Scombridae: L II A7

Scomber japonicus Houttuyn, 1782



Egg diameter in µm

Number of oil globules

Diameter of oil globule in µm

Yolk texture

Perivitelline space

Position of oil globule at hatch

Gut length   at eye- pigment stage








38% of NL



Egg: Having an incubation period of about 2 days, this egg was usually seen at roughly 24 hours incubation (A), or close to hatching (B). In the former state they are suffused with a pale yellow to amber to pink hue that makes them easy to separate from other like-sized species, by sliding a sheet of white paper under the glass dish containing the size-sorted eggs. The oil globule is clear to pale amber, with an oil globule measuring 25% of egg diameter. The only egg I consistently confused with this, was LIIB5, the triglid Lepidotrigla faurei, but careful use of white paper was usually successful. When close to hatching (B), the pair of yellow spots behind the eyes, the blotch of yellow at the oil globule, and a yellow mid-tail blotch, are characteristic for an egg this size, and the lack of pigment spots on the yolk immediately separated them from LIIB5. Incubation is about 48 hours (23°C). Black pigment dots are more evenly distributed on the larva and oil globule. Eggs often have a big range in size within a sample.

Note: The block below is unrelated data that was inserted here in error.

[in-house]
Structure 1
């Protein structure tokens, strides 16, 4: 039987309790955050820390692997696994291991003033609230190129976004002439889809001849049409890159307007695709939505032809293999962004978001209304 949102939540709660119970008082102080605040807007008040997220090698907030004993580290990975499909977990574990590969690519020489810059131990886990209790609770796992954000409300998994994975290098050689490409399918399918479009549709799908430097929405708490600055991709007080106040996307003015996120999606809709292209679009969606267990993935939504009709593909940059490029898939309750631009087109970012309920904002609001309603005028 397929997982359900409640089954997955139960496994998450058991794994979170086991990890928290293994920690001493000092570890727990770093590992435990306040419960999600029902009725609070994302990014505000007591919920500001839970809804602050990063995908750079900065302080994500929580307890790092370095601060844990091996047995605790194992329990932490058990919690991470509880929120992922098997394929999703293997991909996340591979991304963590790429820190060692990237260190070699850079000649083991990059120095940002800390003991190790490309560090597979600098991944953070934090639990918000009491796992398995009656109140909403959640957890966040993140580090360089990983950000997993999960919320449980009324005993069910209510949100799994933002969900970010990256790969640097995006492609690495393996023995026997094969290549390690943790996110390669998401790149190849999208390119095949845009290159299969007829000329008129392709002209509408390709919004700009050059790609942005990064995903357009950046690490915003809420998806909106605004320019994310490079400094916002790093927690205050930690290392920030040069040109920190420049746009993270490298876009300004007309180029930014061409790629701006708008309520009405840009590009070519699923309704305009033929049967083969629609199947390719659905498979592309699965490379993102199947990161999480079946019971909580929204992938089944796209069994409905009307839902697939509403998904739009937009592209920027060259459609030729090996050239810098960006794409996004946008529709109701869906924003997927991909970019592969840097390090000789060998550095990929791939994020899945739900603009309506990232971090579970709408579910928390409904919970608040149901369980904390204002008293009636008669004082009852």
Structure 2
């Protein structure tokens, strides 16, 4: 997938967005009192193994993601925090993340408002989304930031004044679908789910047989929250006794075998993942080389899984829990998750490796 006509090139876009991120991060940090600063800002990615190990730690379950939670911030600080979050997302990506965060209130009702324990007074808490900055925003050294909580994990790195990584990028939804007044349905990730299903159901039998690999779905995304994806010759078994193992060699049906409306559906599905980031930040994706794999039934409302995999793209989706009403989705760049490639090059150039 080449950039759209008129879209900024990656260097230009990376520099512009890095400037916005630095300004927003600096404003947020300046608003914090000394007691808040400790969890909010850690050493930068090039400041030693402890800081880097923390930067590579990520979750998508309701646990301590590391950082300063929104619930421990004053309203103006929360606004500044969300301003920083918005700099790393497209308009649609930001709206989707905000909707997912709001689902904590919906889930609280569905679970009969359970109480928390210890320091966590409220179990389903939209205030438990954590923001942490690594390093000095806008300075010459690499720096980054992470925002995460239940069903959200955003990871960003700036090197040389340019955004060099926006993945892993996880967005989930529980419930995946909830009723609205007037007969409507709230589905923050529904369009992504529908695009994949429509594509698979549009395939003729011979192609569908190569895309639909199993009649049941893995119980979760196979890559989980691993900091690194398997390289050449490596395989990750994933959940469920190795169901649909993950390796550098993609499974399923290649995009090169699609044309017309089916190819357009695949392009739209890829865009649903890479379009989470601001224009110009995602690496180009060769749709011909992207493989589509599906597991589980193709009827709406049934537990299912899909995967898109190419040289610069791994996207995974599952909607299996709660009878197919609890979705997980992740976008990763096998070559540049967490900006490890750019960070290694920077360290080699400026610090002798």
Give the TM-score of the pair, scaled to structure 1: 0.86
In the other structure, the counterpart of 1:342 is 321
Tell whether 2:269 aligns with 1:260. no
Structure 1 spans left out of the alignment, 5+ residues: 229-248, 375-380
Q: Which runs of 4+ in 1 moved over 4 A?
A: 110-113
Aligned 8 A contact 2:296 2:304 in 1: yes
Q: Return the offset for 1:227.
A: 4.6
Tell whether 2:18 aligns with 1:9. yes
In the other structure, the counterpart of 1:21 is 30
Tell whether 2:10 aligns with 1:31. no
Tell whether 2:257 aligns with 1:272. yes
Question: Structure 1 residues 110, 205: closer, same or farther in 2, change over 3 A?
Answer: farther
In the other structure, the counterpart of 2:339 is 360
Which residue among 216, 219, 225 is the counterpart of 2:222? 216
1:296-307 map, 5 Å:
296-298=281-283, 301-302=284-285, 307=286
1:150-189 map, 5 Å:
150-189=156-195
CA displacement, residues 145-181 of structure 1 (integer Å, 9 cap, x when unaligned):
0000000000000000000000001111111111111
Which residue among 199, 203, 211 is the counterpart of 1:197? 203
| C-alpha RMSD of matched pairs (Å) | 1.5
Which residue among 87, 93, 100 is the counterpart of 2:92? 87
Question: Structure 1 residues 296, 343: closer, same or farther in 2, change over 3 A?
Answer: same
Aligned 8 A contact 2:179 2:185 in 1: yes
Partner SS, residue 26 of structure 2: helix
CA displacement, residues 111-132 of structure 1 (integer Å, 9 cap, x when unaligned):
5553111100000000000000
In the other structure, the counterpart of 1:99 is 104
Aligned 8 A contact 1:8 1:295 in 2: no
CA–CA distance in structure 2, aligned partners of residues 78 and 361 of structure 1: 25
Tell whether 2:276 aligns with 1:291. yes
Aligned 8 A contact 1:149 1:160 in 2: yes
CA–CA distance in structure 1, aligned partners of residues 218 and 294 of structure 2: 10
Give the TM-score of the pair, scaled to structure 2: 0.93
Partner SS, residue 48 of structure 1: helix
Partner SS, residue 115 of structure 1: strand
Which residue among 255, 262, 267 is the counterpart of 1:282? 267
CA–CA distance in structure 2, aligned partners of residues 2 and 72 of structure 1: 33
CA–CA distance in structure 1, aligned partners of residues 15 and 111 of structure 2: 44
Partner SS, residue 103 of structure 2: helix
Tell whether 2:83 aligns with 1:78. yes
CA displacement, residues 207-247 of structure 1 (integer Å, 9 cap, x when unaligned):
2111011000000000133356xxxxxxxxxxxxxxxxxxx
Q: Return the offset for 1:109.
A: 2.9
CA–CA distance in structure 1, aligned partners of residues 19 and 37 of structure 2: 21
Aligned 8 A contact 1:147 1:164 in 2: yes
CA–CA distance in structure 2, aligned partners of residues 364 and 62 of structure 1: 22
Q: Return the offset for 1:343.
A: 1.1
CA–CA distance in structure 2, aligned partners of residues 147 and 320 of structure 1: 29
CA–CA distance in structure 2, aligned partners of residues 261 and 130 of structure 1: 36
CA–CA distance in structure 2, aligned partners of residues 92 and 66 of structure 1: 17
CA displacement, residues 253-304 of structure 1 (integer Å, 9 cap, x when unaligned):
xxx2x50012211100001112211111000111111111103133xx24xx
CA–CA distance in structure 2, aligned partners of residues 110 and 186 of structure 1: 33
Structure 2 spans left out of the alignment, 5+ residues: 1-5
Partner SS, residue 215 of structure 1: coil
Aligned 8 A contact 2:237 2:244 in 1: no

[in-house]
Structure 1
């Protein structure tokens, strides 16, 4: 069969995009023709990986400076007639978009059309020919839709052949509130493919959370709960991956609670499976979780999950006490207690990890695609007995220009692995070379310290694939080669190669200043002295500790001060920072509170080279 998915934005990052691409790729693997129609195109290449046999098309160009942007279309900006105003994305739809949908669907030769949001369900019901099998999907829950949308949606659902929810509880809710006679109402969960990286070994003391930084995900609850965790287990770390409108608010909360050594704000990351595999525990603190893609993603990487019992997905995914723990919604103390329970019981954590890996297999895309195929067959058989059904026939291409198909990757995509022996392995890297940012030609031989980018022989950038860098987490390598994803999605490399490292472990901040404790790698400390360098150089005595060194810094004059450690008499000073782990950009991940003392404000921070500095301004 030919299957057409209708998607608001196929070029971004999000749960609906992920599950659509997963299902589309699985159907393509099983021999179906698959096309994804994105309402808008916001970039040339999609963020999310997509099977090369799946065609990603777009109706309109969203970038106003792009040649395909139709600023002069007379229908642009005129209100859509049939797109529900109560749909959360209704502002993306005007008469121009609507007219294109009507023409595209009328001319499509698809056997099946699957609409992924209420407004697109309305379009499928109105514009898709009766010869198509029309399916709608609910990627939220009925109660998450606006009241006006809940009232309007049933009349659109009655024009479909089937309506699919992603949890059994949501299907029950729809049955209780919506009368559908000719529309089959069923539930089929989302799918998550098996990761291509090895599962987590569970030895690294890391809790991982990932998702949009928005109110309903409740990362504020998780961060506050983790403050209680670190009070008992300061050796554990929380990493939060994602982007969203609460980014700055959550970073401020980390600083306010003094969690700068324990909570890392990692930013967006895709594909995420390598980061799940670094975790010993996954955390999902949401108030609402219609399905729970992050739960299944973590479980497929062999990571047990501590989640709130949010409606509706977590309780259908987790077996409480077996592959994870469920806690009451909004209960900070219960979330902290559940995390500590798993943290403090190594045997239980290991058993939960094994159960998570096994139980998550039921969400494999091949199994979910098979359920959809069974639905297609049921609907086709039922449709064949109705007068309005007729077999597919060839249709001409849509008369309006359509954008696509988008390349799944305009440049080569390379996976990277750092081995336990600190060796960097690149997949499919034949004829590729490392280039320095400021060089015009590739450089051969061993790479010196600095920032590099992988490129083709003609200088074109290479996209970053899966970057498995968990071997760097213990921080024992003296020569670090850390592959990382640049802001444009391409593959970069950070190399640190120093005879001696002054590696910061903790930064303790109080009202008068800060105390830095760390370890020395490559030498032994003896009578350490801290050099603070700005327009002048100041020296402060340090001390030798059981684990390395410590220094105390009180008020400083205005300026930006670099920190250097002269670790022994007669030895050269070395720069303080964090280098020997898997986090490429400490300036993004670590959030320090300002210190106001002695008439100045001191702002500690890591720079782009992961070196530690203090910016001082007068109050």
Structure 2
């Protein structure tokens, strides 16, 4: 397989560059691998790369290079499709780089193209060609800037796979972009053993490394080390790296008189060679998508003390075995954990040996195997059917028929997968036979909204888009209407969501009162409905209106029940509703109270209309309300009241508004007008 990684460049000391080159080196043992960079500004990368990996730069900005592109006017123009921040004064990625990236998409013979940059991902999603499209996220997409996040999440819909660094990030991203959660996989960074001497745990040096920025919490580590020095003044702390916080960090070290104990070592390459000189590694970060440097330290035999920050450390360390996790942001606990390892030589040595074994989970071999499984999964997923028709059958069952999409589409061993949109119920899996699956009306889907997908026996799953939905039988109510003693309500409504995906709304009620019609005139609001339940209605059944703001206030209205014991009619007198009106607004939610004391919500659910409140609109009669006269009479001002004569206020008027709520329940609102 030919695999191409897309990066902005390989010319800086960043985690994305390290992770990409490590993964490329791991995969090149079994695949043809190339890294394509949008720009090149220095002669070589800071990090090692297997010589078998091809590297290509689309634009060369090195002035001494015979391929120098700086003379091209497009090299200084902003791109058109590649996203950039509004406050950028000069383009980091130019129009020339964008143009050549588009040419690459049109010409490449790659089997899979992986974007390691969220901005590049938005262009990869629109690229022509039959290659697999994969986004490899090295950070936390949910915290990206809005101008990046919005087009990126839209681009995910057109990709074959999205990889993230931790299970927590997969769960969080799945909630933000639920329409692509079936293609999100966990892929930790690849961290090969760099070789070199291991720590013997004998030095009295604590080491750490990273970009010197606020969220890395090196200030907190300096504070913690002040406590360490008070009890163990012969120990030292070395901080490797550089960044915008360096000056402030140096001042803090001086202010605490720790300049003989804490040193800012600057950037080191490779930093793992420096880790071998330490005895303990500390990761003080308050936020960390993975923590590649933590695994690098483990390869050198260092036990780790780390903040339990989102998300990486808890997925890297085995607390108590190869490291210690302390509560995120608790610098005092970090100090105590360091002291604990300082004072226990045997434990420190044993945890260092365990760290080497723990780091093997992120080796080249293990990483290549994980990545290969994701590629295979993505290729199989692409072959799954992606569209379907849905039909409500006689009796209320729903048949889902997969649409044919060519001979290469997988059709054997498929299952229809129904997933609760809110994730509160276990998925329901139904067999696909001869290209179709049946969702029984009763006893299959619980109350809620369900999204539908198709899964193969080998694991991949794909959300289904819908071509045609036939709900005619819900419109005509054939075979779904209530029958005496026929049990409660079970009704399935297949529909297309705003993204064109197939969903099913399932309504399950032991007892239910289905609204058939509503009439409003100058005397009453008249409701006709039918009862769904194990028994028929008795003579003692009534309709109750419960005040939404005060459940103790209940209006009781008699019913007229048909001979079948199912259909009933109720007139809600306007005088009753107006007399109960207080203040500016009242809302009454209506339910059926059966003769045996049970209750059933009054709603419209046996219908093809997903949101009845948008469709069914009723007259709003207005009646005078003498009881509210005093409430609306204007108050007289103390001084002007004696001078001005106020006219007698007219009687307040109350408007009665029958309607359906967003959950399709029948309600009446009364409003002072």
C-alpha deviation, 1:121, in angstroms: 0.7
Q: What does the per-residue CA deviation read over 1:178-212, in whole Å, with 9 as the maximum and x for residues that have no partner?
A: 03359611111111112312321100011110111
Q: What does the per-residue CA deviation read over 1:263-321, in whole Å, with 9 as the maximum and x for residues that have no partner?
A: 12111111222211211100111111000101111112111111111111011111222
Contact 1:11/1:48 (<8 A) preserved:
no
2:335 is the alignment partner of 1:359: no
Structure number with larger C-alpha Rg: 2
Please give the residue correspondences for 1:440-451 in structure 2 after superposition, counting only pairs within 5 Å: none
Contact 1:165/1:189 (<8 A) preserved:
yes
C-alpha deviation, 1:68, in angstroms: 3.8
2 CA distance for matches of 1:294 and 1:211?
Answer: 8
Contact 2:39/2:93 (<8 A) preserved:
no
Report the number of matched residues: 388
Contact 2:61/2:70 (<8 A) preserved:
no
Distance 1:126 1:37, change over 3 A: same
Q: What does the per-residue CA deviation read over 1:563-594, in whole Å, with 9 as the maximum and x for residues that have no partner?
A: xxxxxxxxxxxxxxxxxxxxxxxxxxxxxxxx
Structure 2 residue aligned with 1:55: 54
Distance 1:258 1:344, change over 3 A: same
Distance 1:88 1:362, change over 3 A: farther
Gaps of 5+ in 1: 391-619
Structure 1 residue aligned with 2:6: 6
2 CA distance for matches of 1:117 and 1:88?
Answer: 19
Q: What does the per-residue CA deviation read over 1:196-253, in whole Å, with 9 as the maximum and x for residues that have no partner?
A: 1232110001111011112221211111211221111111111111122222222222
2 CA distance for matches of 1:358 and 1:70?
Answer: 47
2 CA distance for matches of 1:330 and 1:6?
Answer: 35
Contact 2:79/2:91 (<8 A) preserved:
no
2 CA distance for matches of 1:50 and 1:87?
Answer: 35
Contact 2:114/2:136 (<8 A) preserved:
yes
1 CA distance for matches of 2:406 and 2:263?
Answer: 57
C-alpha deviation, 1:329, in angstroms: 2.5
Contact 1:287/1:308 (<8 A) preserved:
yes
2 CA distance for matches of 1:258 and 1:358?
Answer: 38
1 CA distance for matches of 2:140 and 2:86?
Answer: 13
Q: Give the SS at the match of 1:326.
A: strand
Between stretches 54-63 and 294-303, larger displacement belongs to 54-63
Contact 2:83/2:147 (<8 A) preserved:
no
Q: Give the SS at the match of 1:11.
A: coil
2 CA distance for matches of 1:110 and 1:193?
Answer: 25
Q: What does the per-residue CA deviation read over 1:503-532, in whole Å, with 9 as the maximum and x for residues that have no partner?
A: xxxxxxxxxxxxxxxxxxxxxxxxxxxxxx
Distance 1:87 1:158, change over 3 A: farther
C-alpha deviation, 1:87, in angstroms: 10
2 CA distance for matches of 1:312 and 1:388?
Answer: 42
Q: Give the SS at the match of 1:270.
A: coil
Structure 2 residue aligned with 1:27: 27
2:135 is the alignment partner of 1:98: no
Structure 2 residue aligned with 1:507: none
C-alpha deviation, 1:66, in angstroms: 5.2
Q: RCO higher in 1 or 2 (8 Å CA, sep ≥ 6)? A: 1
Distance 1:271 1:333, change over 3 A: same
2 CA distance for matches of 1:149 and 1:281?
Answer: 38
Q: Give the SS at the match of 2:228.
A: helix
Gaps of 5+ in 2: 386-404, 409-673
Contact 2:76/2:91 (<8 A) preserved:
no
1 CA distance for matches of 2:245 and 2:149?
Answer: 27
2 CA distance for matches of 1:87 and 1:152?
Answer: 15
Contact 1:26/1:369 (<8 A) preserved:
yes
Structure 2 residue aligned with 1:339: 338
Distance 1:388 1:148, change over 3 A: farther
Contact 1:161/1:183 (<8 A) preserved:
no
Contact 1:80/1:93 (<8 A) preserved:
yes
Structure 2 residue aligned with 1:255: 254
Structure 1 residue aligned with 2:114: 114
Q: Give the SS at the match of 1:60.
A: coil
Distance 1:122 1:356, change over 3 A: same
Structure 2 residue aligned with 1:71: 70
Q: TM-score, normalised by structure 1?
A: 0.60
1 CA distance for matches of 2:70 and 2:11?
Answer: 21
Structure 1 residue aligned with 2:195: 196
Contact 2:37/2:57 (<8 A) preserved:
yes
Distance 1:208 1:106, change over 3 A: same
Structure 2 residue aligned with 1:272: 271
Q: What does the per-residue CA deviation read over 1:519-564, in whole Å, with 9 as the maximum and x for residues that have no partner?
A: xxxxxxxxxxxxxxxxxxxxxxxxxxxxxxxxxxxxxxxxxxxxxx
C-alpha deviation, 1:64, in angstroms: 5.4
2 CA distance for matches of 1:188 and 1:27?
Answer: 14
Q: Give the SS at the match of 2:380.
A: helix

Larva: The distribution of yellow pigment on the early larva (C), and myomere count, quickly identify this species. Pigment has all disappeared by day 5, except for a line of black pigment ventrally on the notochord, from above the gut, to the notochord tip (E & F). Flexion is completed in 18 days (G). C: 1 day, D: 3 days, E & F: 5 days, G: 18 days, H: 45 days (22-23°C).

This species proved easy to rear, particularly to about 20 days, and a voucher series is preserved. After 20 days my simple rearing facility could not keep up with, and supply a suitable prey, to satisfy the voracious appetite of these larvae. Six larval barcodes match sequences from 6 adult S. japonicus collected off Park Rynie and on the Agulhas Bank (BOLD).


Linked samples Offshore Inshore
Eggs 81298 27557
Hits 241 216

This was the second most common egg collected off Park Rynie (Table 3: Introductory Notes), yielding a classic spawning intensity graph with a spring maximum (blue graph). The egg was seen only once in the DHM samples, as a single egg. Spawning intensity in the Park Rynie area increased markedly in the two years following the 1987 floods, but appeared to be suppressed through the dry periods of 1993-1995 and 2003-2007, followed by an increasing trend in the past 4 years (white graph). See also Section 6: Introductory Notes, for more on this subject. The Park Rynie linked samples yielded more eggs offshore (75%), suggesting the bulk of spawning occurs around the 40-50m depth contours. During times of heavy spawning intensity, big shoals of mackerel have been seen in 20-40m water depth (personal observation). The species is known to have a wide distribution across the shelf (Collette, 1986), and commercial fishermen report catching large specimens (up to 2kg) along the shelf edge in 150m (FC Clark pers. comm.). Thus this species probably spawns across a wide section of the shelf off Park Rynie. See Section 7.3 and Table 1 of the Introductory Notes, for more information on the linked samples